If there was a World Cup of tree nut consumption, Iran would dominate the competition (92 calories per capita per day). That’s according to the data whizzes at the Wall Street Journal, who adapted the World Cup’s grouping and bracket structure to show how the tournament would play out if the 32 qualifying countries were competing in 70 very random categories, most having nothing to with soccer (or “football” as the rest of the world seems to call it).
When you select any of the categories in the left-hand rail of the interactive chart, the brackets automatically reformulate, revealing the ultimate “winner.” Drawing from a range of different data sources (listed at the bottom of the chart), the findings are fascinating.
For example, while the United States isn’t expected to make it too far in this year’s Cup, at the end of the day, it’ll still hold the title (compared to the other 31 nations) of most Starbucks per capita (3.65 per 100,000 people), most McDonald’s per capita (4.48 per 100,000 people) and — perhaps not unrelated — highest adult obesity rate (33%).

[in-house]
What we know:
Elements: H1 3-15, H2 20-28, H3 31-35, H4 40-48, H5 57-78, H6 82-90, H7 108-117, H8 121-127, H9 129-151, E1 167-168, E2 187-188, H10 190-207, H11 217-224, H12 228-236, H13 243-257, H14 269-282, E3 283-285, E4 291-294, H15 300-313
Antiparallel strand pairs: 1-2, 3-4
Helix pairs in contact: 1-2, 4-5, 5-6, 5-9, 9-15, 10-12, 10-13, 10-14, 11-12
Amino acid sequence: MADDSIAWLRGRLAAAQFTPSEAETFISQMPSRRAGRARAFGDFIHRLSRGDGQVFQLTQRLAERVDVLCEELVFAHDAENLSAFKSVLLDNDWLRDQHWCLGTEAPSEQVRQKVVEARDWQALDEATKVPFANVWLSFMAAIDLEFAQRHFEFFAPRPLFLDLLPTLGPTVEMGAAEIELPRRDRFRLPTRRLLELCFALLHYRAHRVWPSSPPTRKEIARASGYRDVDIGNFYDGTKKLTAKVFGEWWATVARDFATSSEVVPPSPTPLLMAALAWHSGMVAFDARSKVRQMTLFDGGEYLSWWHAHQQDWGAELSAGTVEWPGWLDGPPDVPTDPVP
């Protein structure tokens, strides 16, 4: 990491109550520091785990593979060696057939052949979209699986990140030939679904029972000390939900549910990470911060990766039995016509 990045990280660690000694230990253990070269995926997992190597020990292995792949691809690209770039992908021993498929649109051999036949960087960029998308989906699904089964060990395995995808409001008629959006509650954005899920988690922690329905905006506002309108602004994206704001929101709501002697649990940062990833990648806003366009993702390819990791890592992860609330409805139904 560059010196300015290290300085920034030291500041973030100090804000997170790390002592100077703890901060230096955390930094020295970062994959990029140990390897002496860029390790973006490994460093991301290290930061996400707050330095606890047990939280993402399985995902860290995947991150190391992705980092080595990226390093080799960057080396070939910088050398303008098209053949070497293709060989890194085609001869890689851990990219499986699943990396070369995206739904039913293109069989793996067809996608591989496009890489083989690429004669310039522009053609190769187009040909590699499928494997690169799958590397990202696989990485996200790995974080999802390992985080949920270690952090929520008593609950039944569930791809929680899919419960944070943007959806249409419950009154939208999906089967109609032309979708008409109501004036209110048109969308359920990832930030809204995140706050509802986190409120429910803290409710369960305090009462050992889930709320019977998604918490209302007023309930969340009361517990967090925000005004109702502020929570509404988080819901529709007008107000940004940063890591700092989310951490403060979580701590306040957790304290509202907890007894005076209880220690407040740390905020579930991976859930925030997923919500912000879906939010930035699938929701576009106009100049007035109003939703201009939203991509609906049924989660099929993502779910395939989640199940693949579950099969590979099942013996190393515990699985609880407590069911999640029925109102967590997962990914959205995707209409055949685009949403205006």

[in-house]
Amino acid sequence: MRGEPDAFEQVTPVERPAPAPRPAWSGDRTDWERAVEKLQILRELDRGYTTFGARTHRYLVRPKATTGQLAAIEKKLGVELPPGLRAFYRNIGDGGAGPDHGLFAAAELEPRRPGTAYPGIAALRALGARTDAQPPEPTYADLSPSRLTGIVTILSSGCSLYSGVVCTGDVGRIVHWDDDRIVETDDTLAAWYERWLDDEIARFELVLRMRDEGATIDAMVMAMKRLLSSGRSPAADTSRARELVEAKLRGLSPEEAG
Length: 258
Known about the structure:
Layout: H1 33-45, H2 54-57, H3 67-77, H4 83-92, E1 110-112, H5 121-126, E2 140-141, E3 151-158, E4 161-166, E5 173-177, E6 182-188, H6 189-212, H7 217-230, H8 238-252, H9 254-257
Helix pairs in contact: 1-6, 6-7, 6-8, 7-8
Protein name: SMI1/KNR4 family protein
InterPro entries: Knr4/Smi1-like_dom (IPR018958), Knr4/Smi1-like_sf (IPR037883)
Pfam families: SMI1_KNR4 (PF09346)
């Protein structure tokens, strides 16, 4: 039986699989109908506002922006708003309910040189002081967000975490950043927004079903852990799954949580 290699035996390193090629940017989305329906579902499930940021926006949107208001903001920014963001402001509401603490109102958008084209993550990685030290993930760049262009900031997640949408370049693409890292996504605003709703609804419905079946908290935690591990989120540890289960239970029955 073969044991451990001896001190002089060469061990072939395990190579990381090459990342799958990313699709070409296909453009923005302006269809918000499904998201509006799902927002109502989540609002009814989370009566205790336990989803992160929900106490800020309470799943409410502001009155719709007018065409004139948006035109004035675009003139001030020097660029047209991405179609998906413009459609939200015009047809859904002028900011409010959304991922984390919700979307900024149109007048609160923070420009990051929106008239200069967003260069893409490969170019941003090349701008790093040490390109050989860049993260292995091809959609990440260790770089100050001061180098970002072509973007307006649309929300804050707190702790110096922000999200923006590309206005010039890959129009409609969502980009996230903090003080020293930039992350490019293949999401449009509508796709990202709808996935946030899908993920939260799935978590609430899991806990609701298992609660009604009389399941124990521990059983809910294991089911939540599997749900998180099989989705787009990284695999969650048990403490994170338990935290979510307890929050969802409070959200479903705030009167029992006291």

And while Cameroon suffered a heartbreaking 1-0 defeat to Mexico on the second day of the soccer tournament, the outcome would have been quite different had the two nation’s competed in a bean-eating contest (at 192 calories of beans per capita per day, Cameroon dominates that field).
Among the many other obscure revelations:
Russia chirps like a bird and drinks like a fish: it has the most cellphone subscriptions per capita (1.84) and the highest rate of alcohol consumption (15.1 liters per person per year). Argentina really likes the taste of flesh (570 calories of meat per capita per day). Greece smokes like a chimney (2,795 cigarettes per adult per year). And the Netherlands is one lactose-loving, cyber-obsessed nation (456 calories of milk per capita per day and a web-use rate of 93%).